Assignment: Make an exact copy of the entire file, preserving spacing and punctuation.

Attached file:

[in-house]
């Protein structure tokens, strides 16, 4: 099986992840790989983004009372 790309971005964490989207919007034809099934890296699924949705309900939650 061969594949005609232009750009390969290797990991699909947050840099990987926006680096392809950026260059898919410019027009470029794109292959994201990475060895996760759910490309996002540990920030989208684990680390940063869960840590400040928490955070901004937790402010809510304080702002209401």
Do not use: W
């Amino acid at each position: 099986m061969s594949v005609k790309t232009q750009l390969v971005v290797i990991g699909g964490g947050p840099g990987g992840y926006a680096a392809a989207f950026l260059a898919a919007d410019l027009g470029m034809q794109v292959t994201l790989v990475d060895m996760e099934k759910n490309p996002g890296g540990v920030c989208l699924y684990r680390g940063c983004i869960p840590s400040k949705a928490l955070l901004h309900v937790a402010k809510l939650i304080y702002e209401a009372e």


[in-house]
């Protein structure tokens, strides 16, 4: 099986992840790989983004009372 790309971005964490989207919007034809099934890296699924949705309900939650 061969594949005609232009750009390969290797990991699909947050840099990987926006680096392809950026260059898919410019027009470029794109292959994201990475060895996760759910490309996002540990920030989208684990680390940063869960840590400040928490955070901004937790402010809510304080702002209401």
Do not use: W
């Amino acid at each position: 099986m061969s594949v005609k790309t232009q750009l390969v971005v290797i990991g699909g964490g947050p840099g990987g992840y926006a680096a392809a989207f950026l260059a898919a919007d410019l027009g470029m034809q794109v292959t994201l790989v990475d060895m996760e099934k759910n490309p996002g890296g540990v920030c989208l699924y684990r680390g940063c983004i869960p840590s400040k949705a928490l955070l901004h309900v937790a402010k809510l939650i304080y702002e209401a009372e």